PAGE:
Employees tend to show a higher level of engagement with their company when their individual needs are met. What these needs are can vary. Some want to improve their skills, and others want a more flexible schedule to meet personal commitments. If your organisation works to accommodate these needs, employees will feel more connected to it and more motivated within their roles.

4. Build a Culture That Encourages Positive Behaviour

It’s challenging for employees to develop good work ethics in settings where the opposite is prevalent. An employee with a positive work ethic can encourage that behaviour in others, but the opposite is true as well. To avoid an overflow of employees with poor work ethics, build a culture that rewards positive actions and discourages negative behaviours. 

5. Set a Good Example

Showing a consistently good work ethic as the leader of an organisation is one of the most reliable ways to encourage those behaviours in your workforce. Leadership is among the most notable figures within your organisation, and if leadership builds a reputation for passion, responsibility and collaboration, then others may follow your lead. From there, your example can cascade to as many employees as possible. 

Frequently Asked Questions About Work Ethics

What Is the Meaning of Work Ethic?

A work ethic is a personal set of values that determines how an employee behaves in the workplace. An employee can have a good work ethic or a bad one, and each one influences behaviours in the workplace in their own way.

What Is a Good Work Ethic?

Employees with a good work ethic are highly engaged with the organisation and passionate about their work. They’re reliable and consistently produce high-quality results to help the company achieve its goals.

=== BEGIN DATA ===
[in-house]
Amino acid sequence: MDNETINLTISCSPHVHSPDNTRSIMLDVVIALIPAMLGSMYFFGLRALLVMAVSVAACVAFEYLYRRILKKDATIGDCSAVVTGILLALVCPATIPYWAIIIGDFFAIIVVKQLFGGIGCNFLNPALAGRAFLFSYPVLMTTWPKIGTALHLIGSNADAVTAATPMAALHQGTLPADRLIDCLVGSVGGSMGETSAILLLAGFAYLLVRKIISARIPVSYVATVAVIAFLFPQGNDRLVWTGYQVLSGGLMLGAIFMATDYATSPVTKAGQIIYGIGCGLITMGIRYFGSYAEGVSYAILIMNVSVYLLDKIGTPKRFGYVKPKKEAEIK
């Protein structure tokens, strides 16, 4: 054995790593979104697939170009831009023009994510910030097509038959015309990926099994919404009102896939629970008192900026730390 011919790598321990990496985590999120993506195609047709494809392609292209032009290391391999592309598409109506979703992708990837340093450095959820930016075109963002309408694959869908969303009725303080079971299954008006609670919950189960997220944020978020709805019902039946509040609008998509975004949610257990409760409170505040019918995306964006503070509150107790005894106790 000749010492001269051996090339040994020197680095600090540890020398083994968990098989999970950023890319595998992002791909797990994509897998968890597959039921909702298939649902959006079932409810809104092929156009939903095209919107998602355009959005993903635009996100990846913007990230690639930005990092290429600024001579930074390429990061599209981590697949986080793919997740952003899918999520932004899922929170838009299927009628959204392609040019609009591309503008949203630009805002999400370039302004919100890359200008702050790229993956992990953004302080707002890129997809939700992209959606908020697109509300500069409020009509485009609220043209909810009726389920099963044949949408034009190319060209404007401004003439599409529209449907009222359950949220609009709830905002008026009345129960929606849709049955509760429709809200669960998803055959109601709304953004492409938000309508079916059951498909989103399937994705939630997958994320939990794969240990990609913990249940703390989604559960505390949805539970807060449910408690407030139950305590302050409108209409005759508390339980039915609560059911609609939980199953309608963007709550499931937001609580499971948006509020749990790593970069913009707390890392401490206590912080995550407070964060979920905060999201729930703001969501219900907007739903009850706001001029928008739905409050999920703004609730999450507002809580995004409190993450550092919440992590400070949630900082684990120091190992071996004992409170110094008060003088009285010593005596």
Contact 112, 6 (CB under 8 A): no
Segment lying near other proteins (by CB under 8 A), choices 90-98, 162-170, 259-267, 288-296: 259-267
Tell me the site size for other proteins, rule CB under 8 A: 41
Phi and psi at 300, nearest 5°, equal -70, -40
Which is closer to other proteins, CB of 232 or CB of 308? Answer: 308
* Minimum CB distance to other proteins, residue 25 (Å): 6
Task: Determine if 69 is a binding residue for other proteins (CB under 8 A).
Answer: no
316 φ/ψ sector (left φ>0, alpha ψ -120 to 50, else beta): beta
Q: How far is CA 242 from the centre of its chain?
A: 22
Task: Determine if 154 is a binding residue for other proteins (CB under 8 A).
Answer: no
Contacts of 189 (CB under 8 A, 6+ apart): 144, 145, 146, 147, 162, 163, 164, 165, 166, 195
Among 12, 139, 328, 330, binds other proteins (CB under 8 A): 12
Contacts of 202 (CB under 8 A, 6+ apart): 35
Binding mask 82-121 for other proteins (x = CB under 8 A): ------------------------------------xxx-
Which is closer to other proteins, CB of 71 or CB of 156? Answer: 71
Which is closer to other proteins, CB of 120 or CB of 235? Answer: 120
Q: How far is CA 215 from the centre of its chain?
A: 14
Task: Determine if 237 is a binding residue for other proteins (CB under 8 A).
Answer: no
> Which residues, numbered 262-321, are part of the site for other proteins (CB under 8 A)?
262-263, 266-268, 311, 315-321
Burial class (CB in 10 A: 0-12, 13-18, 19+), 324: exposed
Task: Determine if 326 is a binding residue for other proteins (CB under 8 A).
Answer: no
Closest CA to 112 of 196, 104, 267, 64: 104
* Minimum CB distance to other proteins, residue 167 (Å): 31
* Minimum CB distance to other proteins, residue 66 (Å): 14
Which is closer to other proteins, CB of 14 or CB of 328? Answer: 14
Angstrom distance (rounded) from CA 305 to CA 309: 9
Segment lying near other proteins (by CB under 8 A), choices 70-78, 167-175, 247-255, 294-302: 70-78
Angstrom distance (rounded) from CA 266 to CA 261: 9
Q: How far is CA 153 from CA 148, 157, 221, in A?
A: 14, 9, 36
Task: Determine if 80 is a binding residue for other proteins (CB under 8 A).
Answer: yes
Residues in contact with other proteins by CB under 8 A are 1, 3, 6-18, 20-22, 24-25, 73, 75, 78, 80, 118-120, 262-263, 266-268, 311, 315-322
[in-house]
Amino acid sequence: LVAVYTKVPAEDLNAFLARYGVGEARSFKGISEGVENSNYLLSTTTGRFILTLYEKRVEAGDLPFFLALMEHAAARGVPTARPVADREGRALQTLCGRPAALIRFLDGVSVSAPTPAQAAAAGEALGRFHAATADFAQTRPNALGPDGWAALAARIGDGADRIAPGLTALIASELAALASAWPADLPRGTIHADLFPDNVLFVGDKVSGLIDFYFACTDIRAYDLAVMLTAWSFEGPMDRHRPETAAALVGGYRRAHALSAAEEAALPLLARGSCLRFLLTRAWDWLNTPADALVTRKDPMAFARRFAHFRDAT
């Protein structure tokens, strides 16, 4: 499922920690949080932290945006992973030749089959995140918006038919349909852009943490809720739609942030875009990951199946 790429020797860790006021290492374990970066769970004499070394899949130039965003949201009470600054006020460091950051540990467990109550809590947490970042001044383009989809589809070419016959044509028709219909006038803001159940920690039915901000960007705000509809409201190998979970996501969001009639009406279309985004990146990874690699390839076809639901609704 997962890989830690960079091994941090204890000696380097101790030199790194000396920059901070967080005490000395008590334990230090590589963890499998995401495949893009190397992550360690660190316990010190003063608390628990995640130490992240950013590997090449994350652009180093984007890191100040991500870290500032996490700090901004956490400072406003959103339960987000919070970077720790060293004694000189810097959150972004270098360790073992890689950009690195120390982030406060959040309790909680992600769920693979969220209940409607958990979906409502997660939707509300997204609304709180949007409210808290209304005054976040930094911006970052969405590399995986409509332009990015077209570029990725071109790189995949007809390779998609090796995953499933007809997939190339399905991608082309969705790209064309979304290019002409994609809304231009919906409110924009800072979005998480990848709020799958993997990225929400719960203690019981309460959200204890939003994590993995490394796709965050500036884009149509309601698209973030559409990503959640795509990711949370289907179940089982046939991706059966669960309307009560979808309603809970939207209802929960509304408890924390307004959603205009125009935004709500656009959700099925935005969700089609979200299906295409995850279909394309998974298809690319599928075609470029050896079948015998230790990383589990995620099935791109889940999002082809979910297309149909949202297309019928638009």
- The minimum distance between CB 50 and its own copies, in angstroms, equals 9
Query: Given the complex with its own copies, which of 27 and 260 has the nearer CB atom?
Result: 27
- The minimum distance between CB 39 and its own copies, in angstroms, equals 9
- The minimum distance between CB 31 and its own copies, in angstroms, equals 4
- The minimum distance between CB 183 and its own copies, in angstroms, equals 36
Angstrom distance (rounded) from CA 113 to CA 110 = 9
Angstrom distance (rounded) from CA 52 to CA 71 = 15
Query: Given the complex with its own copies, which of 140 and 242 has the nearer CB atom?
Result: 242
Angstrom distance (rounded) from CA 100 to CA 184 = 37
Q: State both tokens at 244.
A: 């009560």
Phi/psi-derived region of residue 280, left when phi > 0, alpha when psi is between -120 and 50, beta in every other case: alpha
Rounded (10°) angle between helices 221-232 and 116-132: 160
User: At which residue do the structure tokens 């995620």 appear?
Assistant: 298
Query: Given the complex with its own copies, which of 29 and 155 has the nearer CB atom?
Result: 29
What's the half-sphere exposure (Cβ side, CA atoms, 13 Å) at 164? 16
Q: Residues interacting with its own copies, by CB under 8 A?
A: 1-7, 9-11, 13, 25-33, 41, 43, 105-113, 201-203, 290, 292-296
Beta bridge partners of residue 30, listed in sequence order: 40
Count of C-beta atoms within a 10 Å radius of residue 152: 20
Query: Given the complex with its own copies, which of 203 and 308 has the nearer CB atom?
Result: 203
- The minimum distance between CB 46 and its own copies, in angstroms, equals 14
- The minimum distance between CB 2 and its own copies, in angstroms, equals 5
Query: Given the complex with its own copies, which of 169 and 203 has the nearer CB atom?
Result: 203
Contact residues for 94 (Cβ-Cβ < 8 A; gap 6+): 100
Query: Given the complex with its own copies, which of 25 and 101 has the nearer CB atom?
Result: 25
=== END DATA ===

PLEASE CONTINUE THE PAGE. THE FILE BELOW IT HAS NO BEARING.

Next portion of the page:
How Do You Improve Your Work Ethic?

There are several ways an organisation can improve its employees’ work ethics. These methods include:

  • Setting up mentorship and training programmes to directly demonstrate a strong work ethic

  • Removing stress-inducing obstacles that keep employees from engaging with the company

  • Meeting individual employees’ needs to encourage greater engagement

  • Changing the overall company culture to encourage positive work ethics

  • Demonstrating the positive behaviours that you’d like to see in your staff

Building Strong Work Ethics in Your Staff With Personio

Having employees with strong work ethics is vital to the continued growth of your company, just as bad work ethics can stall your progress. Personio can help develop positive behaviours in your staff with its applicant tracking tool that helps you find high-impact employees. Book your free demo to learn how else Personio can help your business today.

Disclaimer

We would like to inform you that the contents of our website (including any legal contributions) are for non-binding informational purposes only and does not in any way constitute legal advice. The content of this information cannot and is not intended to replace individual and binding legal advice from e.g. a lawyer that addresses your specific situation. In this respect, all information provided is without guarantee of correctness, completeness and up-to-dateness.